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Video: Journalist Debates Minister of Education Over Protest Response

Moroccan Journalist Hassan Tariq debates Minister of Education Lahcen Daoudi over the government's response to recent protests in the city of Taza.


Moroccan Journalist Debates Minister of... by mehdischumann

This video illustrates exactly how contentious the recent events in Taza are and why.



Violence and oppression have existed in Moroccan politics since Independence from France. On the scale of government repression, the clashes between police and protesters that occurred in Taza pale in comparison to earlier moments in the nation's history.

But now, after the Arab Spring and with a new government and constitution, Morocco's political elite have adopted a new tone. They 'recognize' the need for change and say that it will come soon.

The men in the video represent the two forces competing in Morocco's current political arena. Hassan Tariq, a Leftist political journalist, stands for social and political reforms along the same lines as what the February 20 movement calls for. Lahcen Daoudi, a longtime political figure, is a remnant of the old guard. We'll call him a transitional figure, one of several ministers in the new government, the government dedicated to 'change', that have served in other, less conciliatory cabinets.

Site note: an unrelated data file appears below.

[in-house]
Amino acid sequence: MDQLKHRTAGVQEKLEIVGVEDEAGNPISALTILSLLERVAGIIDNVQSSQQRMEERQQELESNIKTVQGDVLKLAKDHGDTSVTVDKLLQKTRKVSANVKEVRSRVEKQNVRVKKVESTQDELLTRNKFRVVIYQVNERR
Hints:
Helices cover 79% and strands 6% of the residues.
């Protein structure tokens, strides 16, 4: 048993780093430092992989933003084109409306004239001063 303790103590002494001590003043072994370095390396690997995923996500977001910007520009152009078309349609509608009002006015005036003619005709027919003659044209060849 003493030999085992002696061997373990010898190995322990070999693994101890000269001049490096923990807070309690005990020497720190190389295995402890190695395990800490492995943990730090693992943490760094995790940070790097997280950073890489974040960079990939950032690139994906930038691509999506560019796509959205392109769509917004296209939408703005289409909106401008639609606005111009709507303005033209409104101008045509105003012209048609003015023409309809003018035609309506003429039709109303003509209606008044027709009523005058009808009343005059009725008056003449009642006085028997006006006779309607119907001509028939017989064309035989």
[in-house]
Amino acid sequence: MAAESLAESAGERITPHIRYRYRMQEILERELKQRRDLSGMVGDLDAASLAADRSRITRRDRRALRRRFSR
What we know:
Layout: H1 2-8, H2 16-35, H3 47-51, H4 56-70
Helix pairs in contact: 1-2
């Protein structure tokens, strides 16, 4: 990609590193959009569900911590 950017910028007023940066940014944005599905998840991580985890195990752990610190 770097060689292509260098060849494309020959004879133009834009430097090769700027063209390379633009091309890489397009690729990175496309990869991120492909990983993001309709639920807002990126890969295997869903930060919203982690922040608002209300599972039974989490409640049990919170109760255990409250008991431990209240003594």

The debate's tone illustrates the nature of the competition between the old and the new Moroccan politik.

Tariq hounds Daoudi and the government for acting anachronistically; the heavyhanded response to Taza's protesters and the government's statement condemning them doesn't fit the country's new, more open political environment.

Daoudi is trapped from the beginning. His instinct is to dismiss such complaints, and his disdain for Tariq's words is clear. However, he, like his colleagues, can no longer act that way. In the end, he concedes to Tariq, but only bedgrudgingly so.

Looking more broadly, the competition between the keepers of the status quo and its challengers is only going to grow more contentious. The policy makers who have committed themselves to change, now have to act on it. The question is how far will that change go. 'Fixing' the government's response to protesters is one thing, eliminating the corruption and other institutional problems that plague Morocco's government and society is something quite different.

No matter what, these politicians will be held accountable, both by journalists, like Mr. Tariq, and protesters alike.



Special thanks to Camilea El Hakem and Laila Bouariss for their help with the translation.

Originally aired on M1 television on February 8, 2012

Originally posted to Youtube by www.hespress.com

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